Thursday, October 29, 2015 12:00 pm ·  0 Comments
Paleontologist, David Evans, the Curator of the Royal Ontario Museum’s dinosaur collection, has answers to questions you might have forgotten to ask about dinosaurs. Guest speaker at a recent Canadian Club of Halton Peel dinner, David charmed the audience with his presentation “Hunting Dinosaurs in Western Canada”.
He is a Canadian-born researcher and an expert on the dinosaurs that roamed throughout North America and the world. His research focuses on the evolution, ecology and diversity of dinosaurs, and their relationship to environmental changes leading up to the end-Cretaceous extinction event 65 million years ago. It is difficult to imagine these mammoth animals living in Canada but the climate was much different in their time and, based on huge fossil finds, one of their favourite locations was what is now called the Alberta Badlands, a site that is recognized globally.
In 2007 David helped develop the Royal Ontario Museum’s James and Louise Temerty Galleries of the Age of Dinosaurs. He was also the Lead Curator of the major travelling exhibition Ultimate Dinosaurs: Giants from Gondwana – an exhibition on dinosaurs from the Southern Hemisphere and one of the most successful special exhibits in the ROM’s history. Most recently, he was co-creator of the History Channel Canada television series Dino Hunt Canada and its associated interactive website and exhibit.
One of David’s favourite dinosaurs is the Tyrannosaurus Rex. But also close to his heart is whatever he is working on at any given time. David and his team have helped discover eight new dinosaur species in the last five years – including the recently announced Wendiceratops from Southern Alberta. Named after Wendy Sloboda, one of the most talented dinosaur hunters in the world, you can see this discovery at the Royal Ontario Museum. Wendiceratops is a truly eye-catching dinosaur.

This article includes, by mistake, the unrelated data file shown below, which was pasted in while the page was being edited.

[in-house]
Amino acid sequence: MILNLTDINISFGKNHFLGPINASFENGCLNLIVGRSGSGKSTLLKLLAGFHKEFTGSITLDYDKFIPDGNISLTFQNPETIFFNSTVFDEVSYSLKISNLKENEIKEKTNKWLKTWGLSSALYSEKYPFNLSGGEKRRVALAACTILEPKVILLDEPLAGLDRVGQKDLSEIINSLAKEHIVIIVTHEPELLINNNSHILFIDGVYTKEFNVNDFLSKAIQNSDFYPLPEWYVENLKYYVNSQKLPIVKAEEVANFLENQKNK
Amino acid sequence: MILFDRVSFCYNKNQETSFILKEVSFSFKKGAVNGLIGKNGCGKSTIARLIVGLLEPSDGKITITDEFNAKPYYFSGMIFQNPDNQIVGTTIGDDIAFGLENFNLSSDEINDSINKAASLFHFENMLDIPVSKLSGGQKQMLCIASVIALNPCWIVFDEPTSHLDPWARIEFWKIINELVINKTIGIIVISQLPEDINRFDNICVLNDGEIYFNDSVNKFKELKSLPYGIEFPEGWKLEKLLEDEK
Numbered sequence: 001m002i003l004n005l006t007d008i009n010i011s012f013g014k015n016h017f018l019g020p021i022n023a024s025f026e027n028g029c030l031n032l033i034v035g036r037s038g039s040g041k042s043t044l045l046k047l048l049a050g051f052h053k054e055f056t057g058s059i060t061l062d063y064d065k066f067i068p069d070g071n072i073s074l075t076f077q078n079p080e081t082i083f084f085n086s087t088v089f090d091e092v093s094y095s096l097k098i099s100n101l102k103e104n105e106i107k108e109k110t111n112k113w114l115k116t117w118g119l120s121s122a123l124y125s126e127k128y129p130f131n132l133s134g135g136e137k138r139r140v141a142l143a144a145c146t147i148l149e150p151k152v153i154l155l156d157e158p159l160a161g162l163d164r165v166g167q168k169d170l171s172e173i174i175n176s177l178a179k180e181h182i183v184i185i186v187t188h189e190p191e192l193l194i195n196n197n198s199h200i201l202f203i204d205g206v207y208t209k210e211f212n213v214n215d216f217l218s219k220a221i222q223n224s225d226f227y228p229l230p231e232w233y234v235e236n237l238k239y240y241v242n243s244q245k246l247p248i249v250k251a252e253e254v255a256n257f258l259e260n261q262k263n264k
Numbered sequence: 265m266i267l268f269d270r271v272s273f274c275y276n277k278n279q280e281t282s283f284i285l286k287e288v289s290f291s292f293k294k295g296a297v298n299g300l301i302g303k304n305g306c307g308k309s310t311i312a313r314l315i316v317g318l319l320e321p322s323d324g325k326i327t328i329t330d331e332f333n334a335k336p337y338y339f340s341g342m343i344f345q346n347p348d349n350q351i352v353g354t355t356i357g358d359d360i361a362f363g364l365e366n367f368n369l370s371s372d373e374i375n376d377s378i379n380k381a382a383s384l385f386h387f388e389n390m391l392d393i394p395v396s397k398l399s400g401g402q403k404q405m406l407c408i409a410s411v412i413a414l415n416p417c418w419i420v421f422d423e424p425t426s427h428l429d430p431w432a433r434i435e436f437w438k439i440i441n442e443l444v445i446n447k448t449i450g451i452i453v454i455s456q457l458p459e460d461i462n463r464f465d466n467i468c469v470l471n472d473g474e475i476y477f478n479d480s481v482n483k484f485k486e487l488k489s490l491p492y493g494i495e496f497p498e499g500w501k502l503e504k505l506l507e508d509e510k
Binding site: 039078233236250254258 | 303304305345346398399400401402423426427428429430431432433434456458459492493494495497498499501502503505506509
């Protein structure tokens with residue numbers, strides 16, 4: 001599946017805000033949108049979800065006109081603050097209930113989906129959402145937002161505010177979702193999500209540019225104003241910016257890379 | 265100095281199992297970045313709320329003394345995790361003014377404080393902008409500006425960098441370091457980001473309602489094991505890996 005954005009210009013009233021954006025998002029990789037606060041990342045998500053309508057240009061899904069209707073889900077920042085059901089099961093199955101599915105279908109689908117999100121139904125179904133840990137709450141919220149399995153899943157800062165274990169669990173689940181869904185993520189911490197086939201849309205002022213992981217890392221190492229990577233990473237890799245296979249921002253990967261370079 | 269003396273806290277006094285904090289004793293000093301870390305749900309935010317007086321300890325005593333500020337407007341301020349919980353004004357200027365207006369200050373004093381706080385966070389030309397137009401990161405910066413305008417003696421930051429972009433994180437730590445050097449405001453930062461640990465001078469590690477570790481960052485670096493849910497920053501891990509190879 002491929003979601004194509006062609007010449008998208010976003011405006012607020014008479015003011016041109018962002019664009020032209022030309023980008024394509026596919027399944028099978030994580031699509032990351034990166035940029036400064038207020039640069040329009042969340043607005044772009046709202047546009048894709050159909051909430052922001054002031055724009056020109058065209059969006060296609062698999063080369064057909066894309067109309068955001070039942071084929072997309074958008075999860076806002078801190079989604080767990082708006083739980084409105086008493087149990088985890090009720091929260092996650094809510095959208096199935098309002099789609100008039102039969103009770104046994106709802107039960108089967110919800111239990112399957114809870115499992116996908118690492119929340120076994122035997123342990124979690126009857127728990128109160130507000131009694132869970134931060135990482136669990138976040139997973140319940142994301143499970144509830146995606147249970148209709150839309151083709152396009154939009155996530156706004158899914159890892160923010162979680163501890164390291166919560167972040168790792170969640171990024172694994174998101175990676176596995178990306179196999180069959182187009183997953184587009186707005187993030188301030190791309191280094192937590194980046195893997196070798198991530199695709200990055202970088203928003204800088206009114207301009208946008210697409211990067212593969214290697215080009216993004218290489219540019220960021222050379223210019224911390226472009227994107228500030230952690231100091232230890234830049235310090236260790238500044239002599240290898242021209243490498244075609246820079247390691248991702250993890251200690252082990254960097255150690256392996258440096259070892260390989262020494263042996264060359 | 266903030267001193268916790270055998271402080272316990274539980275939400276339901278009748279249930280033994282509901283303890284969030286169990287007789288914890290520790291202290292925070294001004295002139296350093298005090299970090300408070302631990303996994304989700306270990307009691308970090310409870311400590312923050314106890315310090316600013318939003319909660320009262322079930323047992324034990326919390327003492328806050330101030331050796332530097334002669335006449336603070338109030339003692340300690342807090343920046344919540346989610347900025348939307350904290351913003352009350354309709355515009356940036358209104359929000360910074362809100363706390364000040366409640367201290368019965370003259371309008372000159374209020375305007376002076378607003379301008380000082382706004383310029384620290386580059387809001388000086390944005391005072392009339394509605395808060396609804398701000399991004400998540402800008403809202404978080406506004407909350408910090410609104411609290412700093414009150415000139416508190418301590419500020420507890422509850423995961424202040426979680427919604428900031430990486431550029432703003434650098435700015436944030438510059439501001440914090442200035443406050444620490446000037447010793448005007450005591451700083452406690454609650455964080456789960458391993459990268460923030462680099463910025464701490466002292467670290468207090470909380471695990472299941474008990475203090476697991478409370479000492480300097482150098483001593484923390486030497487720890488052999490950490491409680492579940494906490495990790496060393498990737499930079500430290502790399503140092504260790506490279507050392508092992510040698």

“With its array of gnarly horns curling forward off the back of its frill and its tall nose horn, it is without a doubt one of the most highly ornamented members of the horned dinosaur family, which is well-known for their spiky skulls”, Evans told the audience.
David also mentioned that dinosaurs are still with us, in the form of birds. At one time, it’s now known, most dinosaurs were covered with feathers much like our birds which today consist of over 10,000 species. Chicken and turkeys fall into this category and likely taste like the dinosaurs of old!
Join the Canadian Club of Halton Peel at the Oakville Conference Centre for another stimulating and interesting evening on Thursday, November 19 when Charles Burton, PhD, Associate Professor of Political Science at Brock University, will talk about the government and politics of China under the title “Canada-China: the Way Ahead”.
Currently celebrating their 30th season, the not-for-profit, volunteer-driven, Canadian Club of Halton Peel has been presenting guest dinner speakers on a wide range of subjects since 1986.
Reservations for the dinner can be made by e-mail (firstname.lastname@example.org), by telephone (905-827-6302) or by mail (cheques payable to the Canadian Club of Halton Peel, 283 River Side Drive, Oakville, L6K 3N3).
Associate Professor of Political Science, Brock University, Canada-China: the Way Ahead, Canadian Club of Halton Peel, Charles Burton, Curator, David Evans, dinosaur, guest dinner speakers, History Channel, Hunting Dinosaurs in Western Canada, James and Louise Temerty Galleries of the Age of Dinosaurs, November 19 2015, Paleontologist, PhD, Royal Ontario Museum, Southern Alberta, Thursday, Tyrannosaurus Rex, Ultimate Dinosaurs: Giants from Gondwana, Wendiceratops